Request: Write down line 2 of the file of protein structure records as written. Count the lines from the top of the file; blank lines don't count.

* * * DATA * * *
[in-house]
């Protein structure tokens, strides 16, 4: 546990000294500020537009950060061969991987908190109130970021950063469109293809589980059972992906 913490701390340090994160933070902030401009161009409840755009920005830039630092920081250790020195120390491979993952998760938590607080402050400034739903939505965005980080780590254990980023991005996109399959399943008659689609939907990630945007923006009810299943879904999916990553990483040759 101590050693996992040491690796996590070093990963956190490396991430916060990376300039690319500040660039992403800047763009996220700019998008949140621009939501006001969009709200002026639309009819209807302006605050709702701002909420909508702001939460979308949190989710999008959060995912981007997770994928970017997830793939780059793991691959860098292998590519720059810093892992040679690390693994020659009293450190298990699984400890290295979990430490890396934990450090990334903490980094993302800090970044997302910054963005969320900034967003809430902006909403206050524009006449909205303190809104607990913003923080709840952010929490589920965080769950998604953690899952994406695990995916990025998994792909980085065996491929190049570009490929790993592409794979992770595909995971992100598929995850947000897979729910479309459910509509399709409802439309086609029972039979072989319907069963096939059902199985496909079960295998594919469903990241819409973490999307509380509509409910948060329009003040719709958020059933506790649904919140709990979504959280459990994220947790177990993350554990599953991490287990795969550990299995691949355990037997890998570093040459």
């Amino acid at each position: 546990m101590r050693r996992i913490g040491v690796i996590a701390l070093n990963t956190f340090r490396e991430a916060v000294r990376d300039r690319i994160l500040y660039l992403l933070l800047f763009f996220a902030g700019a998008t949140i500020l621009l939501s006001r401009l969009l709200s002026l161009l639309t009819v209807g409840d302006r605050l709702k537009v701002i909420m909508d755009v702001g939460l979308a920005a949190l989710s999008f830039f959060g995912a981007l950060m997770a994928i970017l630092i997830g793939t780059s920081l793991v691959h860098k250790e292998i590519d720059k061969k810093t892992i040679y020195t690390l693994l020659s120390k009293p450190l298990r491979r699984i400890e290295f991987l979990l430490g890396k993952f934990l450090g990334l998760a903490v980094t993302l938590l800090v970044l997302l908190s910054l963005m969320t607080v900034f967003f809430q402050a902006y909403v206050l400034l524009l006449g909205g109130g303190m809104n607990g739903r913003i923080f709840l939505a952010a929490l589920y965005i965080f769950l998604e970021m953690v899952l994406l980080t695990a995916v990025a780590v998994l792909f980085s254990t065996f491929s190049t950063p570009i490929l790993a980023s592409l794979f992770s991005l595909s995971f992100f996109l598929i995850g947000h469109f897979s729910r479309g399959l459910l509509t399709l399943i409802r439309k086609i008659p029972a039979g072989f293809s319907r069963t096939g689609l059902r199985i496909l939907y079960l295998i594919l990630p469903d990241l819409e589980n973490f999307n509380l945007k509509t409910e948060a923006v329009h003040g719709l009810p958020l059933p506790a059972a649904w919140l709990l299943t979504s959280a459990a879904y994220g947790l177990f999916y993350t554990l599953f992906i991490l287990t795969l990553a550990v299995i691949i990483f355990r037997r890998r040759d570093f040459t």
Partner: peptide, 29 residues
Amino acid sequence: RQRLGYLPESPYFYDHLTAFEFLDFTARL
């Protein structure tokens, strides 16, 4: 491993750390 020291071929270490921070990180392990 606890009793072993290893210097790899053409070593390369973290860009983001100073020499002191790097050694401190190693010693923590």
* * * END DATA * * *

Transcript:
């Protein structure tokens, strides 16, 4: 546990000294500020537009950060061969991987908190109130970021950063469109293809589980059972992906 913490701390340090994160933070902030401009161009409840755009920005830039630092920081250790020195120390491979993952998760938590607080402050400034739903939505965005980080780590254990980023991005996109399959399943008659689609939907990630945007923006009810299943879904999916990553990483040759 101590050693996992040491690796996590070093990963956190490396991430916060990376300039690319500040660039992403800047763009996220700019998008949140621009939501006001969009709200002026639309009819209807302006605050709702701002909420909508702001939460979308949190989710999008959060995912981007997770994928970017997830793939780059793991691959860098292998590519720059810093892992040679690390693994020659009293450190298990699984400890290295979990430490890396934990450090990334903490980094993302800090970044997302910054963005969320900034967003809430902006909403206050524009006449909205303190809104607990913003923080709840952010929490589920965080769950998604953690899952994406695990995916990025998994792909980085065996491929190049570009490929790993592409794979992770595909995971992100598929995850947000897979729910479309459910509509399709409802439309086609029972039979072989319907069963096939059902199985496909079960295998594919469903990241819409973490999307509380509509409910948060329009003040719709958020059933506790649904919140709990979504959280459990994220947790177990993350554990599953991490287990795969550990299995691949355990037997890998570093040459």